Lynch’s mobster

Life is far from neat. BARRY GIFFORD reflects on the chaos of it all as he ponders losers, Lynch and logging.

Words: Teddy lamieson

Reading Barry Gifford‘s new novel is rather like listening to a Billy Connolly routine. Neither man has much time for straight lines. Gifford. like Scotland‘s once- favourite comic. enjoys taking his own route when telling a story and that rarely proceeds direct from A to B.

The novel in question. The Sinaloa Story regularly cuts off the main road to explore narrative diversions and cul-de-sacs. It meanders. doubles back and jumps the tracks throughout its 2()()-odd pages. switching from Texas to Mexico. from Idaho to New Orleans and from character to character.

‘There‘s a randomness to life. that‘s my perception.‘ Gifford explains. ‘So this is how my books tend to go one character will lead into another character and then into another character and we follow that person and we hear about characters that were developed earlier in the book and they pop up later. Or even in other novels. So it’s really my own universe.’

Sinaloa starts with the story of DelRay .\lundo. an out-of-work mechanic who is roped into running a

number on a rich pimp in Texas by Mexican prostitute Ava Vazaro. whom he meets in a drive-in whorehousc. Lhtsurprisingly. it doesn’t quite go to plan and DelRay finds himself out of his depth in a rich slice of Texan gothic full of low-lifes. losers and cracker-barrel racists.

So far. so noir. But just when you expect Gifford to tighten the noose. he lets it fray and starts to follow all the threads to their conclusion. It‘s a book with travel lust we end up in Mexico with the revolutionary group The Countless Raindrops and trekking around Idaho and Louisiana with Cobra Box. the young African-American widow of a Vietnam vet.

‘Life isn’t neat and orderly.‘ Gifford insists. ‘And I kind of appreciate and enjoy the randomness of it. I like the fact that it‘s unpredictable and I‘m always open to it and that's how l‘ve always lived my life.‘ Read his ev and you can see what he means. Now in his early 50s. the Chicago-born writer was a songwriter. musician. truck-driver. logger and merchant seaman before he began to make a living as

Barry Gifford

'Life isn't neat and orderly . . . there’s a randomness to it, that's my perception, so this is how my books tend to go'

Barry Gifford: mystery universe

a novelist in the early l()8()s.

The best-known fruits of the subsequent years the six Sailor and Lulu novels have now been gathered together in one volume by [Edinburgh‘s Rebel Inc. and are available alongside his latest book. Gifford. though. will be more familiar to most of us on this side of the Atlantic for his collaboration with filmmaker David Lynch. It began with Wild At Heart and continued last year with Gifford pro‘. iding the script for Lynch's seriously unhinged Lust [fig/mu): It's a partnership that both men «rem more than happy with.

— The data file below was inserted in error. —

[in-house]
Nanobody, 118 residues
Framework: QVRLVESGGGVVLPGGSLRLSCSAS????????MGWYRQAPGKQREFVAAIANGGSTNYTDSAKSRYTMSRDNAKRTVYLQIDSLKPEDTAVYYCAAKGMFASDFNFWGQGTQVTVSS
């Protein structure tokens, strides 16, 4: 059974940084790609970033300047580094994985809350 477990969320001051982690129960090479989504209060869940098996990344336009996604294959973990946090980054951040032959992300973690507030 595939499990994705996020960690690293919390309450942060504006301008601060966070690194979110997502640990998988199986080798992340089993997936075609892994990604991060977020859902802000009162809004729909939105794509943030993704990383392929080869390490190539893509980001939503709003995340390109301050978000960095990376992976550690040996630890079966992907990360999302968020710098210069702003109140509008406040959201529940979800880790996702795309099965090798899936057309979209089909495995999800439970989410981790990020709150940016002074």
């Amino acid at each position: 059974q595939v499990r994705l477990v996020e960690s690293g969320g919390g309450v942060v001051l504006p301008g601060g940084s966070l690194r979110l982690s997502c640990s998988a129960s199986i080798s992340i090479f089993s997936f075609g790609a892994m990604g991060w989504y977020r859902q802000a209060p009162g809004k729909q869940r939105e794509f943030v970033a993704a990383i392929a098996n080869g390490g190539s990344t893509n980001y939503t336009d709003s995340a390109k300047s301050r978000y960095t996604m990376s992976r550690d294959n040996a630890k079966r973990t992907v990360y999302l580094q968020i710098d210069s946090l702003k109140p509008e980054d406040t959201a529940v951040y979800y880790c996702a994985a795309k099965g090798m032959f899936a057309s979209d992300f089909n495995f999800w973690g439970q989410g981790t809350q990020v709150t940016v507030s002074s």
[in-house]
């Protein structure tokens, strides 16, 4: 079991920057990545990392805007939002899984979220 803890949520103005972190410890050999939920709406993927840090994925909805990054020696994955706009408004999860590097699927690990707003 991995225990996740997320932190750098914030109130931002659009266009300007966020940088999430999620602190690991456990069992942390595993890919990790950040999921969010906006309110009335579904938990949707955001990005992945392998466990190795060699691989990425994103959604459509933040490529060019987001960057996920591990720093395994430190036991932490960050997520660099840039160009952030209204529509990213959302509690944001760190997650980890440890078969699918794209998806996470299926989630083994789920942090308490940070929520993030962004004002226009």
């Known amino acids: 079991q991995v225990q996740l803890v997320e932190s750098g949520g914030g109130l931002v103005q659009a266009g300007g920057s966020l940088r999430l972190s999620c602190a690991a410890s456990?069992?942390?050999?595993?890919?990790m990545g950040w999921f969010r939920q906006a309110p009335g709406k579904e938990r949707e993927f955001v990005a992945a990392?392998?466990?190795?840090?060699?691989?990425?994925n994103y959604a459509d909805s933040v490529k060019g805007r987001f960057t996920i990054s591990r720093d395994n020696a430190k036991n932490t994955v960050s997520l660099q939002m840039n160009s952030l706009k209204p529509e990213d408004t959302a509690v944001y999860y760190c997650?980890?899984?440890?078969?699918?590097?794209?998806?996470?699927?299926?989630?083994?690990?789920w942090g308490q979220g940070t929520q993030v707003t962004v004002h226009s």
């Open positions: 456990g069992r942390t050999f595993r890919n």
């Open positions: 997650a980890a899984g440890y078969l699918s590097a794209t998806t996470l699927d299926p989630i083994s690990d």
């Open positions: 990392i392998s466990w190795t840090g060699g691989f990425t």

‘David likes the slice-of—lil'e. as he calls it. and dialogue that I write it provides him with material.

and l consider him a

what I write.‘ Lynch is not his only cinematic collaborator. however. Alex de la Iglesia has just adapted Perdita

Dru-(mgr) and Gifford himself

will be behind the camera later this year to film his novel Sultans ()fAfriea.

But Gifford admits writing for Lynch is a special treat. ‘I always know that I‘m going to get a little extra bang for the buck no matter what it is I write for David. because he's going to take it to another level visually.‘

The Sinaloa Story is published by Rebel Inc at £6.99. Gifford will be appearing at the Edinburgh Filmhouse on Mon 8 Jun and the GFT on Tue 9 Jun.

wonderfulvisual translator of

preview BOOKS

The write stuff

Ken MacLeod’s science fiction has been described as ’formidably intelligent' and is loved by Iain M Banks. Yeah, but what are his thoughts on cloning and cross- breeding?

Five words to describe yourself Intense, lazy, CUHOUS, sceptical, political,

Five words to describe The Cassini Division SOClallSl, utopian, gung-ho space opera!

What’s scarier, science fiction or science fact Science fiction -- it’s on the job description. Science fact IS the hard-working miner, science fiction IS the canary it carries along, lllflllle up llS wee toes to warn of danger

Who would you clone A clone of someone would grow up a different person, so actually, it's a hit more complicated than that

Catchphrase Actually, it's a hit more complicated than that.

Book that you wish you’d written Frank Herbert's Dune

Future of the novel If it's gOIng to have a future, ll needs a bit of hybrid Vigour, cross-breeding between mainstream and genre.

Ambitions To live long and prosper, keep my family happy and write a book as good as Dune.

Fears Decrepitude, disaster, death, I hope we can all live long enough to see decrepitude fixed and death pushed back

What you do to wind down Drink, smoke, have a quiet read,

What you do to get high Drink, smoke, have a loud conversation (Brian Donaldson)

% The Cassini Diwsion is published by Orbit at [75.99. Macleod will be reading at John Smith ’5, Glasgow on Tue 9 Jun

28 May ll Jun 1998 THE “ST 83